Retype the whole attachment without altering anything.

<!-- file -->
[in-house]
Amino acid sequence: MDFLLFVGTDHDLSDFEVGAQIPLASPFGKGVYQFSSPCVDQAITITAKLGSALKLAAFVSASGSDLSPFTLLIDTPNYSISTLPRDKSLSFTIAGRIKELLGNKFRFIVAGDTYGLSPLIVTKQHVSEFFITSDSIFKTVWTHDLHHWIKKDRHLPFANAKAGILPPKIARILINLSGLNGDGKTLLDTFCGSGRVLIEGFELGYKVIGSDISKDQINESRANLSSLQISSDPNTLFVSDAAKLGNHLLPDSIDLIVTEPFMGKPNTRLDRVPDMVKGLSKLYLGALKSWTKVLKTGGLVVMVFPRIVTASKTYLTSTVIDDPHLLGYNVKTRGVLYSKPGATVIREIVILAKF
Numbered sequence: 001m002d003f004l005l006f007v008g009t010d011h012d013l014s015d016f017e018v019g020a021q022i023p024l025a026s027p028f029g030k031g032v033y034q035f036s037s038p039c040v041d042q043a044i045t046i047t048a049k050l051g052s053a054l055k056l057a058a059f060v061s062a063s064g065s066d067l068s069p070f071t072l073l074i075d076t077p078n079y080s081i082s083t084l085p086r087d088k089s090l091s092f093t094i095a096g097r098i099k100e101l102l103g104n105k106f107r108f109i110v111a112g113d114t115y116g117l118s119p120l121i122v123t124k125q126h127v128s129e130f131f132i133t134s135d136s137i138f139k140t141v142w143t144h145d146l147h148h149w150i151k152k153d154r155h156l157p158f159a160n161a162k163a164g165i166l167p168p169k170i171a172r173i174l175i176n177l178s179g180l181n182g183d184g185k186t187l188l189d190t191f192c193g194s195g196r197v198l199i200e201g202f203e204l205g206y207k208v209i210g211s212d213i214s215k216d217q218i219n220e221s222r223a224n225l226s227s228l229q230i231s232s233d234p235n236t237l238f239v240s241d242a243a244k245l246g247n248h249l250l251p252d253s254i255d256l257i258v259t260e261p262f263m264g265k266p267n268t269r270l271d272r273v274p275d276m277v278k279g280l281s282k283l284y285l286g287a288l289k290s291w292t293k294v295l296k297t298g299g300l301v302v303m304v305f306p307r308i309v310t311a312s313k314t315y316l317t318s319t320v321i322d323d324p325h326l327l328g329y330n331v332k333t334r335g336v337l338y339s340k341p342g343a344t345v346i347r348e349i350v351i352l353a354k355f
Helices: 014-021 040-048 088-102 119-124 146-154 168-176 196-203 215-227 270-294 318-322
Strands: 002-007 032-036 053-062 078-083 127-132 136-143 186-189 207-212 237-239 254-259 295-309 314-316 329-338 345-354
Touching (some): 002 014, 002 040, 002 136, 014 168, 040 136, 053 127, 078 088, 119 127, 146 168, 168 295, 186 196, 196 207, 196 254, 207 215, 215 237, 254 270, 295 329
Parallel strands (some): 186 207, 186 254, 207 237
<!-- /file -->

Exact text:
[in-house]
Amino acid sequence: MDFLLFVGTDHDLSDFEVGAQIPLASPFGKGVYQFSSPCVDQAITITAKLGSALKLAAFVSASGSDLSPFTLLIDTPNYSISTLPRDKSLSFTIAGRIKELLGNKFRFIVAGDTYGLSPLIVTKQHVSEFFITSDSIFKTVWTHDLHHWIKKDRHLPFANAKAGILPPKIARILINLSGLNGDGKTLLDTFCGSGRVLIEGFELGYKVIGSDISKDQINESRANLSSLQISSDPNTLFVSDAAKLGNHLLPDSIDLIVTEPFMGKPNTRLDRVPDMVKGLSKLYLGALKSWTKVLKTGGLVVMVFPRIVTASKTYLTSTVIDDPHLLGYNVKTRGVLYSKPGATVIREIVILAKF
Numbered sequence: 001m002d003f004l005l006f007v008g009t010d011h012d013l014s015d016f017e018v019g020a021q022i023p024l025a026s027p028f029g030k031g032v033y034q035f036s037s038p039c040v041d042q043a044i045t046i047t048a049k050l051g052s053a054l055k056l057a058a059f060v061s062a063s064g065s066d067l068s069p070f071t072l073l074i075d076t077p078n079y080s081i082s083t084l085p086r087d088k089s090l091s092f093t094i095a096g097r098i099k100e101l102l103g104n105k106f107r108f109i110v111a112g113d114t115y116g117l118s119p120l121i122v123t124k125q126h127v128s129e130f131f132i133t134s135d136s137i138f139k140t141v142w143t144h145d146l147h148h149w150i151k152k153d154r155h156l157p158f159a160n161a162k163a164g165i166l167p168p169k170i171a172r173i174l175i176n177l178s179g180l181n182g183d184g185k186t187l188l189d190t191f192c193g194s195g196r197v198l199i200e201g202f203e204l205g206y207k208v209i210g211s212d213i214s215k216d217q218i219n220e221s222r223a224n225l226s227s228l229q230i231s232s233d234p235n236t237l238f239v240s241d242a243a244k245l246g247n248h249l250l251p252d253s254i255d256l257i258v259t260e261p262f263m264g265k266p267n268t269r270l271d272r273v274p275d276m277v278k279g280l281s282k283l284y285l286g287a288l289k290s291w292t293k294v295l296k297t298g299g300l301v302v303m304v305f306p307r308i309v310t311a312s313k314t315y316l317t318s319t320v321i322d323d324p325h326l327l328g329y330n331v332k333t334r335g336v337l338y339s340k341p342g343a344t345v346i347r348e349i350v351i352l353a354k355f
Helices: 014-021 040-048 088-102 119-124 146-154 168-176 196-203 215-227 270-294 318-322
Strands: 002-007 032-036 053-062 078-083 127-132 136-143 186-189 207-212 237-239 254-259 295-309 314-316 329-338 345-354
Touching (some): 002 014, 002 040, 002 136, 014 168, 040 136, 053 127, 078 088, 119 127, 146 168, 168 295, 186 196, 196 207, 196 254, 207 215, 215 237, 254 270, 295 329
Parallel strands (some): 186 207, 186 254, 207 237